Petroglyphs: The Writing on the Wall
The rock art of early Native Americans is carved or painted on basalt boulders, on canyon walls, and on the underside of overhangs throughout the area. No one knows the exact meaning of these signs, and interpretations vary; they’ve been seen as elements in shamanistic or hunting rituals, as clan signs, maps, or even indications of visits by extraterrestrials.
Where to Find Them
Susceptible to (and often already damaged by) vandalism, many rock-art sites aren’t open to the public. Two good petroglyphs to check out at Petrified Forest National Park are Newspaper Rock, an overlook near mile marker 12, and Puerco Pueblo, near mile marker 11. Other sites in Arizona include Hieroglyphic Point in Salt River Canyon and Deer Valley Petroglyph Preserve north of Phoenix.
Determining Its Age
It’s just as difficult to date a "glyph" as it is to understand it. Archaeologists try to determine a general time frame by judging the style, the date of the ruins and pottery in the vicinity, the amount of patination (formation of minerals) on the design, or the superimposition of newer images on top of older ones. Most of Eastern Arizona’s rock art is estimated to be at least 1,000 years old, and many of the glyphs were created even earlier.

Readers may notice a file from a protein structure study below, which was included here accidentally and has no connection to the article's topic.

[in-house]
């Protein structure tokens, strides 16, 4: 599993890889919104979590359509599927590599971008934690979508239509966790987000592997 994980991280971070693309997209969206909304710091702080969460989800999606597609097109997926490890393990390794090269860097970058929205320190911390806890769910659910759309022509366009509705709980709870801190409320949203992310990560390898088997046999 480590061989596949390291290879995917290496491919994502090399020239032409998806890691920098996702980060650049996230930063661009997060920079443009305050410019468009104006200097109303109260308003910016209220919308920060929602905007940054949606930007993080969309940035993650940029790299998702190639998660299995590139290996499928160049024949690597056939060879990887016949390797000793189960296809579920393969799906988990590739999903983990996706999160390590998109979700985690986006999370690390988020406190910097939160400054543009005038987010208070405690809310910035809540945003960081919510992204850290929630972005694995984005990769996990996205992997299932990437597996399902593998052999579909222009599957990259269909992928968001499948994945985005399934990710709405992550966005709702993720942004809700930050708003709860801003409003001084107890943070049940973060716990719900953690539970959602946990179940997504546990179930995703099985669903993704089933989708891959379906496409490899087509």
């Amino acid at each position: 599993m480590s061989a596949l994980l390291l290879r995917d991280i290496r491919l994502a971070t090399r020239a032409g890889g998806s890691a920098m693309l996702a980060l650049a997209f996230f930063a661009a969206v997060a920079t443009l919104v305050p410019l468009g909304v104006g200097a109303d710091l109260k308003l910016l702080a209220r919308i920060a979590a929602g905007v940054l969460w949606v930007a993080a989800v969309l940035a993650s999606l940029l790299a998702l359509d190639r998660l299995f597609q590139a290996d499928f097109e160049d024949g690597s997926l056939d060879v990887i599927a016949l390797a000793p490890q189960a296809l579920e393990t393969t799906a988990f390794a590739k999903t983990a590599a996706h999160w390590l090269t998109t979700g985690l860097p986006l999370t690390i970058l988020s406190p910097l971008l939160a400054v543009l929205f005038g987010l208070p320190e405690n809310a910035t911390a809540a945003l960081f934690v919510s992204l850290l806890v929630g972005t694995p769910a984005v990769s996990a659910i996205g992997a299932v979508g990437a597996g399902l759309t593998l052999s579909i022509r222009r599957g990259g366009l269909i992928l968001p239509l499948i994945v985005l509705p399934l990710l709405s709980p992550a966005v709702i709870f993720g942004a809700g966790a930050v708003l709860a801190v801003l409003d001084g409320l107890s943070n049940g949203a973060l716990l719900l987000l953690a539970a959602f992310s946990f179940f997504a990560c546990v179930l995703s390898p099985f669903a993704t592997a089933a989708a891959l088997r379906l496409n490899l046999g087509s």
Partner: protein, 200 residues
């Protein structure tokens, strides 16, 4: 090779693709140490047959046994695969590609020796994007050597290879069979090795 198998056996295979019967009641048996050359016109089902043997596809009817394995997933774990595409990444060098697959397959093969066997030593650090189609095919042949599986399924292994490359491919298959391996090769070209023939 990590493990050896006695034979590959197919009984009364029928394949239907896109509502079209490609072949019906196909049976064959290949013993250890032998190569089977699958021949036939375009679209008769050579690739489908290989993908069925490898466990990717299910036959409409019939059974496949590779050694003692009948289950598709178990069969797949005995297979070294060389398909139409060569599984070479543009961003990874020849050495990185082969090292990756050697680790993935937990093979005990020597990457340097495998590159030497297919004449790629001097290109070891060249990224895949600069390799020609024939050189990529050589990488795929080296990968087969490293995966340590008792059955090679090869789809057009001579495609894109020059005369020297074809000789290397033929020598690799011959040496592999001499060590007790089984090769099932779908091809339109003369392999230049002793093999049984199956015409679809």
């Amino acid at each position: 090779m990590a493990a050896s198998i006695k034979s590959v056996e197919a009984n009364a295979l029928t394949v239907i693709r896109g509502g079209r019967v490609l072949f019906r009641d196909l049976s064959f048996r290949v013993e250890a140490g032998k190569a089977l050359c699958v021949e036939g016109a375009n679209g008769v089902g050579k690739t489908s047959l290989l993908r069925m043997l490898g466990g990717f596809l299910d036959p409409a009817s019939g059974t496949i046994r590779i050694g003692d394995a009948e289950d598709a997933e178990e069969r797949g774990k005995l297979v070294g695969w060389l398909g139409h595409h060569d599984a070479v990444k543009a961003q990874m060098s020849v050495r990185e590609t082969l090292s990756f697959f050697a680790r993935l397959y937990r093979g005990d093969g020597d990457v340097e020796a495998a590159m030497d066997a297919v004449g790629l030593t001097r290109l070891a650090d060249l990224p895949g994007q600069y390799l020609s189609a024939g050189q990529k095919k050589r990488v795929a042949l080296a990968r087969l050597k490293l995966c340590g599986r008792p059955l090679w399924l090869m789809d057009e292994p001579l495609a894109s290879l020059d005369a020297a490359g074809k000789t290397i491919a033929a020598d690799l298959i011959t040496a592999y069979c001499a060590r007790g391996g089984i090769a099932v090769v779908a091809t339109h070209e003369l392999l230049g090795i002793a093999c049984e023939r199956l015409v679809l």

Some glyphs depict animals like bighorn sheep, deer, bear, and mountain lions; others are geometric patterns. The most unusual are the anthropomorphs, strange humanlike figures with elaborate headdresses. Concentric circles are a common design. A few of these circles served as solstice signs, indicating the summer and winter solstices and other important dates. At the solstice, when the angle of the sun is just right, a shaft of light shines through a crack in a nearby rock, illuminating the center of the circle. Archaeologists believe that these solar calendars helped determine the time for ceremonies and planting.
Many solstice signs are in remote regions, but you can visit Petrified Forest National Park around June 20 to see a concentric circle illuminated during the summer solstice. The glyph, reached by a paved trail just a few hundred yards from the parking area, is visible year-round, but light shines directly in the center during the week of the solstice. The phenomenon occurs at 9 am.
Do not touch petroglyphs or pictographs—the oil from your hands can damage the images.